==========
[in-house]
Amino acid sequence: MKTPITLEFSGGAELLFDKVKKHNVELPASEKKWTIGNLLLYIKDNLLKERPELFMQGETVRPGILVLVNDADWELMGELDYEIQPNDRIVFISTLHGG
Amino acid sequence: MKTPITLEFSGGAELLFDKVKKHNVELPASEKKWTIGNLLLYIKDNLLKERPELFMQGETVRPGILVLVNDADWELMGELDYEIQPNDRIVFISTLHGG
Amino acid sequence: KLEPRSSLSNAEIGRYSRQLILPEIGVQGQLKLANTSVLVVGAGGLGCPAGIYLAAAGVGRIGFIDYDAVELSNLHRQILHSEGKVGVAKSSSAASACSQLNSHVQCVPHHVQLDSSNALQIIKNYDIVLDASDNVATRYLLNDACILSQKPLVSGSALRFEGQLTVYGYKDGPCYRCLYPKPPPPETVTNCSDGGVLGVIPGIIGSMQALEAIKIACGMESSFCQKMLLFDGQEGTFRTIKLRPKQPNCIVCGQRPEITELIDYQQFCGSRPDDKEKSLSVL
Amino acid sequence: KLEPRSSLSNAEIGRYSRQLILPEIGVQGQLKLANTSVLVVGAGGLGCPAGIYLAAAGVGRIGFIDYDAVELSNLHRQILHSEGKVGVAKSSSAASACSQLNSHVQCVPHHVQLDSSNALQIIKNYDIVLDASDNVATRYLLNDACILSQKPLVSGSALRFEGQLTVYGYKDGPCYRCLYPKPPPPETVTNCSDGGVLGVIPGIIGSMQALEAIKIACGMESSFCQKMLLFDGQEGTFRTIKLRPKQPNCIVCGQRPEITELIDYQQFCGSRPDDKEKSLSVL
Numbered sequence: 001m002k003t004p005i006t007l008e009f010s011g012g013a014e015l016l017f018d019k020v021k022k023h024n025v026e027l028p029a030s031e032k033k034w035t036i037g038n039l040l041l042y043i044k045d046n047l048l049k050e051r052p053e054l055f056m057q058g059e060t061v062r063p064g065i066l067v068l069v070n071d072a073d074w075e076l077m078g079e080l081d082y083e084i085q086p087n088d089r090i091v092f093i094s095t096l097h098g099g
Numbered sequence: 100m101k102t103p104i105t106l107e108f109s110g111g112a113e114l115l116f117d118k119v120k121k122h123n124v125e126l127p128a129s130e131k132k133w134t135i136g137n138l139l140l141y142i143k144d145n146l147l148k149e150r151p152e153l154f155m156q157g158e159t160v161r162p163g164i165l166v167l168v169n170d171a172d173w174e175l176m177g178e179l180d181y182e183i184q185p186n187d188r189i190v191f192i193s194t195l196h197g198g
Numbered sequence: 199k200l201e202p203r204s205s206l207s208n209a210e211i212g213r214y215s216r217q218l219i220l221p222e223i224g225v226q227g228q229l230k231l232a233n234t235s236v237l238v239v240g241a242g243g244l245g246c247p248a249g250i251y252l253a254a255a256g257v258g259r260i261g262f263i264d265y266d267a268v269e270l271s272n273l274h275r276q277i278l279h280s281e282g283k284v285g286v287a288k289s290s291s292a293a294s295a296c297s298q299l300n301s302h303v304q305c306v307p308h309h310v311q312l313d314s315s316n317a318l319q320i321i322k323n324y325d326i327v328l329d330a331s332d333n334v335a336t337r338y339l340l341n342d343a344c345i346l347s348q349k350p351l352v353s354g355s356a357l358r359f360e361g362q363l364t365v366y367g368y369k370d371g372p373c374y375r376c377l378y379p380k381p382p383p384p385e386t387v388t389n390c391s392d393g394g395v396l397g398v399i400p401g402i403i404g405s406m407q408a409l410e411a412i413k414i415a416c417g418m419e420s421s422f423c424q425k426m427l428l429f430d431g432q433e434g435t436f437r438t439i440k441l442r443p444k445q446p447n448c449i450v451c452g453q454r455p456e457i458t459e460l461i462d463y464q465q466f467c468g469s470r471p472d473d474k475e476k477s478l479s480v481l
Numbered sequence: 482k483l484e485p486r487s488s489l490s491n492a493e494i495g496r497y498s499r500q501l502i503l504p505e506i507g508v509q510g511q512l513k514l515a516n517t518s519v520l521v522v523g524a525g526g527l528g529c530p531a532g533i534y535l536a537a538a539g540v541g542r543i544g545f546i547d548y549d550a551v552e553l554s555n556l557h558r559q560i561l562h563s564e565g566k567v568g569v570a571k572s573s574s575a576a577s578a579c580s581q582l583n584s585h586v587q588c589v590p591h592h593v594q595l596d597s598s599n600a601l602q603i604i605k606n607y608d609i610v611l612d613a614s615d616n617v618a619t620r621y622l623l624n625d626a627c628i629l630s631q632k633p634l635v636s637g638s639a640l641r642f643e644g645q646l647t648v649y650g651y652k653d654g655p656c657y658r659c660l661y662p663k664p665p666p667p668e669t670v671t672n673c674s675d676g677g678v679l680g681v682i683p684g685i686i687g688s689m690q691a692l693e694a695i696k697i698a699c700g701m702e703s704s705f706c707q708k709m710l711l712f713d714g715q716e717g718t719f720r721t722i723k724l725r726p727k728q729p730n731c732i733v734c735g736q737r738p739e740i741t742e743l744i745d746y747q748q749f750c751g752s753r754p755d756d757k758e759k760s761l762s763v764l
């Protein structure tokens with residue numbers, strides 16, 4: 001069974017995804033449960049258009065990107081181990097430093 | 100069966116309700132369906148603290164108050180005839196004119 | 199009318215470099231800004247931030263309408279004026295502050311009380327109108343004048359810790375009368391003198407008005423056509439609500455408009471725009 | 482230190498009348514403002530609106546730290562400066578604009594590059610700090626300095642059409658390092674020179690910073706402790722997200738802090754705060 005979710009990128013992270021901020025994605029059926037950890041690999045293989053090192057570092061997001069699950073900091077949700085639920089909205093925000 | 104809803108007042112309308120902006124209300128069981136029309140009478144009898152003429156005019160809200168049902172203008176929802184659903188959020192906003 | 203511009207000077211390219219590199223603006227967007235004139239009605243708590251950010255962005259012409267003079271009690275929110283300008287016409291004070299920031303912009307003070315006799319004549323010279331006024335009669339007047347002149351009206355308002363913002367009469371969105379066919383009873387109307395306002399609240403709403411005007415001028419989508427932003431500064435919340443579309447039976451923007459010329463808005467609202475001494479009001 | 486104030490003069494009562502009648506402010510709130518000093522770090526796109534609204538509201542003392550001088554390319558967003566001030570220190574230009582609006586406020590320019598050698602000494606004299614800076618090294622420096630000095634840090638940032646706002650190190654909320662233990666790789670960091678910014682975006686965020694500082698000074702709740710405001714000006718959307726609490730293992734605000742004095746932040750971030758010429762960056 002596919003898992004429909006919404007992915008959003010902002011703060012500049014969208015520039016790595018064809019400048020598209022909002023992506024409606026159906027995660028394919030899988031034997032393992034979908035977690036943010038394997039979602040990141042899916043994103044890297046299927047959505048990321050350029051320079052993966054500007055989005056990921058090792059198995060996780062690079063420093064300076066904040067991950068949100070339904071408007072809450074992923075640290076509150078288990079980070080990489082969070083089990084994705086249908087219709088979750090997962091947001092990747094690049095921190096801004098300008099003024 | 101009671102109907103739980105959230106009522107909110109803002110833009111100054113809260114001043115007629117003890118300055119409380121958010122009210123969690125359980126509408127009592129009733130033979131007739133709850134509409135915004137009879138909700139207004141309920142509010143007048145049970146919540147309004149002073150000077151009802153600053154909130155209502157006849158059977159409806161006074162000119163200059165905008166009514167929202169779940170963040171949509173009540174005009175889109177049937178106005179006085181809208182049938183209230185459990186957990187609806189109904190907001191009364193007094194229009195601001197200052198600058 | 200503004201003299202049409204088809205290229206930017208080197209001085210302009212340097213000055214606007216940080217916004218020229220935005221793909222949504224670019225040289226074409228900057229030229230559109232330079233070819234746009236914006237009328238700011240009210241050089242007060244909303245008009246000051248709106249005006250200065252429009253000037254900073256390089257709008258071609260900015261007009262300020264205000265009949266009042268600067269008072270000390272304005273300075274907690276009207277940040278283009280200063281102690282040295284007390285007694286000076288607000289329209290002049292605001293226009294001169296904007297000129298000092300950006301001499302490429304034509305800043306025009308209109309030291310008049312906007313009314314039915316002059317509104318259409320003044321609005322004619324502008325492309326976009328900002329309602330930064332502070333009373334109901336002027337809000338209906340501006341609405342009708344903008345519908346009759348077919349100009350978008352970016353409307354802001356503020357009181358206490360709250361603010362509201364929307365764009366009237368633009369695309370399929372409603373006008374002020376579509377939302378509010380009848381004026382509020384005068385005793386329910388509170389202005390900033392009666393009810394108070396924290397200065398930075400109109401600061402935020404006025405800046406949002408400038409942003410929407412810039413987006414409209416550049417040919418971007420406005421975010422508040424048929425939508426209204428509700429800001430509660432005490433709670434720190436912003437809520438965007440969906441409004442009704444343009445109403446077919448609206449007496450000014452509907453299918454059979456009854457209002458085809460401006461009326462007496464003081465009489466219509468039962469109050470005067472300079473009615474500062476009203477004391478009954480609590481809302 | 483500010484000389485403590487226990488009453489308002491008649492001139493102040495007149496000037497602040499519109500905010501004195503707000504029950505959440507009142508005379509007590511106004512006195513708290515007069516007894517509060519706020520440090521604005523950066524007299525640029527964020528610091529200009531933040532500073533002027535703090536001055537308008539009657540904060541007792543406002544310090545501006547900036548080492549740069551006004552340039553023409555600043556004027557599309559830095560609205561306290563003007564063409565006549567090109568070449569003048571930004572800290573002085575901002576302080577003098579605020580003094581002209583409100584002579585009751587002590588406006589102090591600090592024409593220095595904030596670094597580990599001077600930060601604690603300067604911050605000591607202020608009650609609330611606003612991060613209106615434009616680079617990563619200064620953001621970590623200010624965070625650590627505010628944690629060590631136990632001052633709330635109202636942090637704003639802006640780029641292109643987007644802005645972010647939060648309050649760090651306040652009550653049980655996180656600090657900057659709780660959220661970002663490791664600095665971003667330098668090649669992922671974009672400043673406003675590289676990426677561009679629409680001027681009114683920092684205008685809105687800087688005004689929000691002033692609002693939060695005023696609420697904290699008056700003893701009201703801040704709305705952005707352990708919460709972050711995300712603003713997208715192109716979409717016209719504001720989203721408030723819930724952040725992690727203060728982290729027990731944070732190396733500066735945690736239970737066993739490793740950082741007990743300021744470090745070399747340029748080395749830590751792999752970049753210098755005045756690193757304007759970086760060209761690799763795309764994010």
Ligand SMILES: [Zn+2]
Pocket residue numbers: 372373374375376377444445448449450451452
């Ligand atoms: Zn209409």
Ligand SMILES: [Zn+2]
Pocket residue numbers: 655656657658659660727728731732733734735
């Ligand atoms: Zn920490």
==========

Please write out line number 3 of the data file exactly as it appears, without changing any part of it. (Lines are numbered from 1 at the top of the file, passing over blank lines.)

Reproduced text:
Amino acid sequence: MKTPITLEFSGGAELLFDKVKKHNVELPASEKKWTIGNLLLYIKDNLLKERPELFMQGETVRPGILVLVNDADWELMGELDYEIQPNDRIVFISTLHGG